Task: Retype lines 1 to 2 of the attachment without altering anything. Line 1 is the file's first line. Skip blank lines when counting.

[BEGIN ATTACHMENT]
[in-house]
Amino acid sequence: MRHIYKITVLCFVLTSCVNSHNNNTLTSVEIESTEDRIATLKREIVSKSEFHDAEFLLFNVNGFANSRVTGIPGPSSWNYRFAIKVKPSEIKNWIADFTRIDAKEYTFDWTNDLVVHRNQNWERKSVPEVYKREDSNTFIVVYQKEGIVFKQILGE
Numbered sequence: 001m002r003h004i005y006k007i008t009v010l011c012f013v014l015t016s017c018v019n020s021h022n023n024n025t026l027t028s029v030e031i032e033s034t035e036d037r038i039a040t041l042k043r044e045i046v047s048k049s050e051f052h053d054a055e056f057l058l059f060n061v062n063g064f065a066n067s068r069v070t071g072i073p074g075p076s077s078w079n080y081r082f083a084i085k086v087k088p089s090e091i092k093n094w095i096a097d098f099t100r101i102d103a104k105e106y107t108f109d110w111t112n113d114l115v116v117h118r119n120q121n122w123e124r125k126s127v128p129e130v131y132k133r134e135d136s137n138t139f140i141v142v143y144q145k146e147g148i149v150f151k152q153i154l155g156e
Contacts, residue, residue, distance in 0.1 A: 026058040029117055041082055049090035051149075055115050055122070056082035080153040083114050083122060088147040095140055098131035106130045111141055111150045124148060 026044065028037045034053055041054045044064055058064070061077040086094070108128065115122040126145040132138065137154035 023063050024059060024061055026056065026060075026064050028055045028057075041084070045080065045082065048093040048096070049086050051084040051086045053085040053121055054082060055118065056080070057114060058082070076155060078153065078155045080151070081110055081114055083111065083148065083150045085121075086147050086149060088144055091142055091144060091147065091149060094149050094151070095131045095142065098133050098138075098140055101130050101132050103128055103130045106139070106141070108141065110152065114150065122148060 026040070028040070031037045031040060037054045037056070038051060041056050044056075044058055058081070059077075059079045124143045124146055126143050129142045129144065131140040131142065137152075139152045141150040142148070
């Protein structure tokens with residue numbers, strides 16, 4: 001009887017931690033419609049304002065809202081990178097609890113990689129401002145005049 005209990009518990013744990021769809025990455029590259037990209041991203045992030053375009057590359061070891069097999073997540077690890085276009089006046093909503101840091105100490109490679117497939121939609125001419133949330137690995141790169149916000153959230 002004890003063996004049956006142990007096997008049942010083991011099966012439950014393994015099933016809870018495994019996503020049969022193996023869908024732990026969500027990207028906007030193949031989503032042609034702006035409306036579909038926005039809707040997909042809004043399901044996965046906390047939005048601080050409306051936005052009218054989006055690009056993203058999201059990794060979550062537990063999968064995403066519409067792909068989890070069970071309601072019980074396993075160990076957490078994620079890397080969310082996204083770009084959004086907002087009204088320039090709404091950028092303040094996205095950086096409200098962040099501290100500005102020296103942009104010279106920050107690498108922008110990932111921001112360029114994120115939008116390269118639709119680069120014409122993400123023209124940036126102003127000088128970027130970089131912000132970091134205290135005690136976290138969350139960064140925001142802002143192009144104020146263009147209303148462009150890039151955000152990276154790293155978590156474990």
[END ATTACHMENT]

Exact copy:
[in-house]
Amino acid sequence: MRHIYKITVLCFVLTSCVNSHNNNTLTSVEIESTEDRIATLKREIVSKSEFHDAEFLLFNVNGFANSRVTGIPGPSSWNYRFAIKVKPSEIKNWIADFTRIDAKEYTFDWTNDLVVHRNQNWERKSVPEVYKREDSNTFIVVYQKEGIVFKQILGE